The first time I saw this LP, it was in the hands of a stranger who had just purchased it at a garage sale. I saw the title and was shocked - couldn't believe such an album existed and I was jealous I hadn't found it first.
A couple years later I found my own copy and it became immediately obvious that it was a satirical comedy album, the title in vain. Part of me was relieved and another part of me was disappointed.
World Pacific Records did not specialize in comedy. Alternately known as World Pacific and Pacific Jazz, the label cranked out great jazz LPs by the likes of The Jazz Crusaders, Les McCann, Gerry Mulligan and many more. They pressed under the World guise The Endless Summer soundtrack, plenty of Ravi Shankar stuff and a couple comedy albums.
Like their West Coast jazz rival Fantasy Records, they had a penchant for pressing things on lovely translucent red vinyl. Whereas Fantasy Records released comedy by hipster hero Lenny Bruce, World Pacific pressed five comedy albums by hipster hero, and Bruce's occasional rival, Lord Buckley.
Fantasy put out a rare non-Lenny Bruce comedy album, Orson Bean at the Hungry I. Likewise, one of World Pacific's only non-Lord Buckley comedy albums is today's showcase - It's Tough To Be White... The Wit of John Barbour.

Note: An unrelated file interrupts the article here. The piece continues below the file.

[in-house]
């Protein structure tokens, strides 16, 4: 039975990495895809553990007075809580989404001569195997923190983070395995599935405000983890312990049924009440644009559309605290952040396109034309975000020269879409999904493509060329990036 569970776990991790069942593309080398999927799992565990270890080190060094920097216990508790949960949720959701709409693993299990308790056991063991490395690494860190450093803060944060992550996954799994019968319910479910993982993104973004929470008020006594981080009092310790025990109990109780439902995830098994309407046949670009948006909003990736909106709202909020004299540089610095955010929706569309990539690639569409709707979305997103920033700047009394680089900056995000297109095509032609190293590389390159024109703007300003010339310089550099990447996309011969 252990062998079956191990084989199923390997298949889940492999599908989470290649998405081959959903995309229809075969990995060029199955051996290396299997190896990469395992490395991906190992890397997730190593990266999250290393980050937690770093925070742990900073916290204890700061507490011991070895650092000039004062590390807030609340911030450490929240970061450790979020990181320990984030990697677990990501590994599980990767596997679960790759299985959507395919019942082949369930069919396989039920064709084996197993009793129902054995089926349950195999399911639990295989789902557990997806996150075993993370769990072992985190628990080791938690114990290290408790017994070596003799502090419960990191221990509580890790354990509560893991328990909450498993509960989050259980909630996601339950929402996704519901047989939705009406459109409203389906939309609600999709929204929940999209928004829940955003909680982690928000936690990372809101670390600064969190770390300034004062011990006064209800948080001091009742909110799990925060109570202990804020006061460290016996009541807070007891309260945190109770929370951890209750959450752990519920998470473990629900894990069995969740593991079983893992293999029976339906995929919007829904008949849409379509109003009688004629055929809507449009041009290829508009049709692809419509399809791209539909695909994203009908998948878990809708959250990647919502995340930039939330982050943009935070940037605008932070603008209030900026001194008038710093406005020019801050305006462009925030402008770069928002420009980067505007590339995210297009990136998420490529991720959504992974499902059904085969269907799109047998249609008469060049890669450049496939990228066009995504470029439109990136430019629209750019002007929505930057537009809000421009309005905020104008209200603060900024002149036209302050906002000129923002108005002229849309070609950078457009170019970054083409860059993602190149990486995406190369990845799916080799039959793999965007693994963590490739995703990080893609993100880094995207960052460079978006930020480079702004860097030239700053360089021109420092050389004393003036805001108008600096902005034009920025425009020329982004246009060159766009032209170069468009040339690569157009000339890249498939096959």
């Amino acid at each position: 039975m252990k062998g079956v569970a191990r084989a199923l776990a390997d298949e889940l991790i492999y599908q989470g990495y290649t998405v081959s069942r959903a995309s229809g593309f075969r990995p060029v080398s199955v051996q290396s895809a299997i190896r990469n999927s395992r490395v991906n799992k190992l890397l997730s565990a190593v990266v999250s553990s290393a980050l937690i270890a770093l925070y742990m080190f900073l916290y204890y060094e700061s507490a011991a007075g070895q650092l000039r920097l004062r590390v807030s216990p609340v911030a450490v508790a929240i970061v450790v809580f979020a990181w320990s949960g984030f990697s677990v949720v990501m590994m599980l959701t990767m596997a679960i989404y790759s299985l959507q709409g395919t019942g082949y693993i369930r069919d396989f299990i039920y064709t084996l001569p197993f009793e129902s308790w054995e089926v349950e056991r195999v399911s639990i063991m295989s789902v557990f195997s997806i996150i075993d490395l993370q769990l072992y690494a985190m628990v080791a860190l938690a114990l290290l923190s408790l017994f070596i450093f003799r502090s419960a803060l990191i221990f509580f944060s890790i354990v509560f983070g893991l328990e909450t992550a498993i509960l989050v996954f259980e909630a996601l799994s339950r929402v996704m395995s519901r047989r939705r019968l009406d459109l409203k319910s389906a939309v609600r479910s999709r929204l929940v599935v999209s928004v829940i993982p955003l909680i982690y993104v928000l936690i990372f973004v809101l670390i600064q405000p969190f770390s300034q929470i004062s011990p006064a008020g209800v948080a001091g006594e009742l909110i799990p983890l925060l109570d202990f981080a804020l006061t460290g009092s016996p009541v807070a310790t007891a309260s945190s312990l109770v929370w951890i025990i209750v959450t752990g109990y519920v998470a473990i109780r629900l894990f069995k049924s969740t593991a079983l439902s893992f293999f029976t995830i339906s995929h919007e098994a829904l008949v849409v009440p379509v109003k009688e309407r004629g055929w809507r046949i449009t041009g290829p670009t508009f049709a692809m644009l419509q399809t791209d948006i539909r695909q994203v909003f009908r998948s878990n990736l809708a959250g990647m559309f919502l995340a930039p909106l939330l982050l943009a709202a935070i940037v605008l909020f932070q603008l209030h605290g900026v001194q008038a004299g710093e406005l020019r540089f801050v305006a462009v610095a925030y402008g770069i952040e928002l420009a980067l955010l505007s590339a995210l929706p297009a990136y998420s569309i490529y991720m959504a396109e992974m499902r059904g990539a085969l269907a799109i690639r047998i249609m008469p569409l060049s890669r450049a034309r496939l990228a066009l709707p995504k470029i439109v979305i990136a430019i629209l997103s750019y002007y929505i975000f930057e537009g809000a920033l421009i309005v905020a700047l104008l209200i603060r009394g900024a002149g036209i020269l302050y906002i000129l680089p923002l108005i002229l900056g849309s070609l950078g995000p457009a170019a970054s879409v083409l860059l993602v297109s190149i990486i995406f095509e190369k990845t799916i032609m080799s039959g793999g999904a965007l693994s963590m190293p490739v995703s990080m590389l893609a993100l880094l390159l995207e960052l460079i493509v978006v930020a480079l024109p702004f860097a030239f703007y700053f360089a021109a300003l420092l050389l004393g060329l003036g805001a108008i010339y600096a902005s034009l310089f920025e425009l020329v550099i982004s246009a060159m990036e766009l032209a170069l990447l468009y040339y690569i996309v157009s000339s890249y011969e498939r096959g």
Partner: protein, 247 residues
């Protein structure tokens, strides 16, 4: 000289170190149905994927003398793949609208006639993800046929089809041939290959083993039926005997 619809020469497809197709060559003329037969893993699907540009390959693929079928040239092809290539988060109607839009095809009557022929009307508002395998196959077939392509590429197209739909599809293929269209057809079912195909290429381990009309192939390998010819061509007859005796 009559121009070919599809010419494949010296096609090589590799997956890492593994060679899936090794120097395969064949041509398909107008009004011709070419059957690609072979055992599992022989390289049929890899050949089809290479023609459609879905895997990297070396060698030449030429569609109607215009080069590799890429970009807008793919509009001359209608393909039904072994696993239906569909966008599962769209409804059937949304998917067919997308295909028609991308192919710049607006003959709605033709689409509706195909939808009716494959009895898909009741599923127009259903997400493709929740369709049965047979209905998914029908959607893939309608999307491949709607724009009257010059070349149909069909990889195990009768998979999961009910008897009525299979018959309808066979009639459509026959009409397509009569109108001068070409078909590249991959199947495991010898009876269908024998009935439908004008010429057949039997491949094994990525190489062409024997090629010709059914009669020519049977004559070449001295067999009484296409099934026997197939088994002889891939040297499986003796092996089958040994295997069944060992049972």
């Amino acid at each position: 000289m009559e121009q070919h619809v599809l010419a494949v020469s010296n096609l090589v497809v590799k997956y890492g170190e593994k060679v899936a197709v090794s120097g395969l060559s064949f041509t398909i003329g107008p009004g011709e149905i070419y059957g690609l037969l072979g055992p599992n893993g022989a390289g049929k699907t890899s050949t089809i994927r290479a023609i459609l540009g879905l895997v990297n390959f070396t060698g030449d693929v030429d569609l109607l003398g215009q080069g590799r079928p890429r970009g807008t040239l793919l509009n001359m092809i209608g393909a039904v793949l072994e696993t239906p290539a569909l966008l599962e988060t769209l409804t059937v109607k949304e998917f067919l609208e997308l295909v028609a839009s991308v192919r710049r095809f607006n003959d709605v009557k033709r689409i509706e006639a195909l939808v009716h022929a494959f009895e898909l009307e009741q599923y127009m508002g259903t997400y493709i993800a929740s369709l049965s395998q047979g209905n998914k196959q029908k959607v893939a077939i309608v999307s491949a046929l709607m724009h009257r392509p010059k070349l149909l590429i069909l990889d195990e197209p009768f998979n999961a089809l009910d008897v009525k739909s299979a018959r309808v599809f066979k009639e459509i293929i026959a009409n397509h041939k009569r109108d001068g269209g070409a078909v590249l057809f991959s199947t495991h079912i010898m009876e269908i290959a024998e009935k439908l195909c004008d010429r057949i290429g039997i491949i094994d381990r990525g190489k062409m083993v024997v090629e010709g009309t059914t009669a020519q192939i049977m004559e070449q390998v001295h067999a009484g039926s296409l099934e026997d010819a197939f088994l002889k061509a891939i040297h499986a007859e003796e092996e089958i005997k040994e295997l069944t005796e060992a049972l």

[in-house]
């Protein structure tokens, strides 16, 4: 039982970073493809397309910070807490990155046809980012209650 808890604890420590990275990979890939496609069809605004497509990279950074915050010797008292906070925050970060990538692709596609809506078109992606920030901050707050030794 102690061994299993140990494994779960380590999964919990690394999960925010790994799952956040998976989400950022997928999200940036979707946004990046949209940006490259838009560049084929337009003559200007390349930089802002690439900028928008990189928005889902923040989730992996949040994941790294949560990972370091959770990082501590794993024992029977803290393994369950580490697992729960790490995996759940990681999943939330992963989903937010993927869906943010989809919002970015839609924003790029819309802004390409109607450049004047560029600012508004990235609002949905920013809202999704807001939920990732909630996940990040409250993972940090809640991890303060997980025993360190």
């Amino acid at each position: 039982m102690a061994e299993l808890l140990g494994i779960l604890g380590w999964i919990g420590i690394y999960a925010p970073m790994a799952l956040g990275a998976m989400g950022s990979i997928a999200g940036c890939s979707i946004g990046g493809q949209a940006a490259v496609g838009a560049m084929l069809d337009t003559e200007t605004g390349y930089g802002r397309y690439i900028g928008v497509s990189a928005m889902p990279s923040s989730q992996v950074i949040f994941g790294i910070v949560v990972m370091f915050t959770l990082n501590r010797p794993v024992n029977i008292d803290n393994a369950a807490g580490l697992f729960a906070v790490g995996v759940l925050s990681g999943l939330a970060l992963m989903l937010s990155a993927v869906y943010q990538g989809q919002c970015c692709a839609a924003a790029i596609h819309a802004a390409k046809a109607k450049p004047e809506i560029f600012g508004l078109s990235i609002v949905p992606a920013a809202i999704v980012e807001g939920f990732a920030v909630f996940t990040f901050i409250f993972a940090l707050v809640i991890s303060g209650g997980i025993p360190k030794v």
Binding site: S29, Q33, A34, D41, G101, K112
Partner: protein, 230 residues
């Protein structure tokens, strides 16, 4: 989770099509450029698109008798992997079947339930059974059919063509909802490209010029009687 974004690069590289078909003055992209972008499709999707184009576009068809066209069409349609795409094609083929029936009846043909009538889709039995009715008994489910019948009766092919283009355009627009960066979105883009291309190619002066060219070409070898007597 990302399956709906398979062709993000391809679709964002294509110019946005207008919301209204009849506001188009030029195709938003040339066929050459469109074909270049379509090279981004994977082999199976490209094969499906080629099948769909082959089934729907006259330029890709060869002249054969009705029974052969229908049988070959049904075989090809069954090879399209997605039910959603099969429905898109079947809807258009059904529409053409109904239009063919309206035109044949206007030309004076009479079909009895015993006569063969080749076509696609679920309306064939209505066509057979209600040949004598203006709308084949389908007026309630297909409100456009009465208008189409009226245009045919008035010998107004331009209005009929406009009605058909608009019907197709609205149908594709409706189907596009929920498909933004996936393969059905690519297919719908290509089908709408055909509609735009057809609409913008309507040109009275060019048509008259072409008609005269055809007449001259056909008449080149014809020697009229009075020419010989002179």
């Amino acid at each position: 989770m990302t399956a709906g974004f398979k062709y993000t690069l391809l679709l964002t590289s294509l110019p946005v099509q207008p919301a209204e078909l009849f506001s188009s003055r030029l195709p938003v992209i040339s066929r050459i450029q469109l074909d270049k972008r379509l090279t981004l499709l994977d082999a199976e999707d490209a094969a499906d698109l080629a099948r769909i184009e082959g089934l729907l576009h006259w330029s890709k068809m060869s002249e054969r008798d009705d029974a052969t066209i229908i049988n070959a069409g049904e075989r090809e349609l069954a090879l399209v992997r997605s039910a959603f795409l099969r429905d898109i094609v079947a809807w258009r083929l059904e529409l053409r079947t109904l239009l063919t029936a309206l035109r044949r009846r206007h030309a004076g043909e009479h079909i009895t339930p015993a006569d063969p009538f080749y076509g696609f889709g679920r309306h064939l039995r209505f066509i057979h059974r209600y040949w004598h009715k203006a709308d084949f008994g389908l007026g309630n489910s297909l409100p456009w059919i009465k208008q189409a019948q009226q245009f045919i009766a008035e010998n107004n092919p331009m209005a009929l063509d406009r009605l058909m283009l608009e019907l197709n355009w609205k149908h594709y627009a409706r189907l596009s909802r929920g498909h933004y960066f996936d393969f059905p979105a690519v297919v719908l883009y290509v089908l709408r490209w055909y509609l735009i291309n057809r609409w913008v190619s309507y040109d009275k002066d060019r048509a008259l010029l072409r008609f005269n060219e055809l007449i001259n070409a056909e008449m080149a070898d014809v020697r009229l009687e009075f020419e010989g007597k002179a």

Listen to the whole album - It's Tough to Be White...The Wit of John Barbour
Dick Gregory wrote the liner notes for his album... here they are:
I like you. I think you're one of the brightest, sharpest young comics around. I would like to say your album is dynamite, but I wouldn't want folks in Alabama to pick it up just to throw into churches!
You think you got it tough! You were born in Canada. I'm from Chicago. If things get too tough for you, you can always go farther north. Me - I can't go in either direction.
Your stuff touches the nerve ends, but it is funny. It could be a smash best seller, which makes me happy, 'cause if folks are inside laughing their heads off, they can't be outside blowing ours off!
Best of luck!